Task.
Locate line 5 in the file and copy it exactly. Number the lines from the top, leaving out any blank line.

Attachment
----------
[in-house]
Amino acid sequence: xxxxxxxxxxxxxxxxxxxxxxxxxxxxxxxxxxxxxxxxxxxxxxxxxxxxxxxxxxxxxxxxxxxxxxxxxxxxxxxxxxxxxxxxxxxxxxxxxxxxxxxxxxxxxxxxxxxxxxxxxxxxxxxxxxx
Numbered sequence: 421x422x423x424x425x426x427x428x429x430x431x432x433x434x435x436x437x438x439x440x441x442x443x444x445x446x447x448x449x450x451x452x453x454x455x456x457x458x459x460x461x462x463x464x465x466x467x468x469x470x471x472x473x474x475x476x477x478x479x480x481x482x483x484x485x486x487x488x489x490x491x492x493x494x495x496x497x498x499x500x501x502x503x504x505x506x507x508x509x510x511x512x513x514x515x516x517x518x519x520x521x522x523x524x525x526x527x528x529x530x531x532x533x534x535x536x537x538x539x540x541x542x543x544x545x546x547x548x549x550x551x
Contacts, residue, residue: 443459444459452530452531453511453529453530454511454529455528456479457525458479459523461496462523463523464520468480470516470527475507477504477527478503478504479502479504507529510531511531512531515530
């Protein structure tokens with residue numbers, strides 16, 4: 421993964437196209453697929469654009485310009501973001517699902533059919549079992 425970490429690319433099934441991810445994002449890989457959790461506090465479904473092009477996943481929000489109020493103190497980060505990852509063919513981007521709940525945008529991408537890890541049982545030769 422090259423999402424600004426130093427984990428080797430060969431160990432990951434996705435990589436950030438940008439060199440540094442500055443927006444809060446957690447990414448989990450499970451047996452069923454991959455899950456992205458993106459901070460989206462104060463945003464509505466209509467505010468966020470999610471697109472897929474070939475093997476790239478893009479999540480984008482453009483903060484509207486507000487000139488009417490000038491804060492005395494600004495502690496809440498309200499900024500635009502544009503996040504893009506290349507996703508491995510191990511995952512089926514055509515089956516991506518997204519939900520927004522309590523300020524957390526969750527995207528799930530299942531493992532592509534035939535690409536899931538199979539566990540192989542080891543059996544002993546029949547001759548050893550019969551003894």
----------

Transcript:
């Protein structure tokens with residue numbers, strides 16, 4: 421993964437196209453697929469654009485310009501973001517699902533059919549079992 425970490429690319433099934441991810445994002449890989457959790461506090465479904473092009477996943481929000489109020493103190497980060505990852509063919513981007521709940525945008529991408537890890541049982545030769 422090259423999402424600004426130093427984990428080797430060969431160990432990951434996705435990589436950030438940008439060199440540094442500055443927006444809060446957690447990414448989990450499970451047996452069923454991959455899950456992205458993106459901070460989206462104060463945003464509505466209509467505010468966020470999610471697109472897929474070939475093997476790239478893009479999540480984008482453009483903060484509207486507000487000139488009417490000038491804060492005395494600004495502690496809440498309200499900024500635009502544009503996040504893009506290349507996703508491995510191990511995952512089926514055509515089956516991506518997204519939900520927004522309590523300020524957390526969750527995207528799930530299942531493992532592509534035939535690409536899931538199979539566990540192989542080891543059996544002993546029949547001759548050893550019969551003894």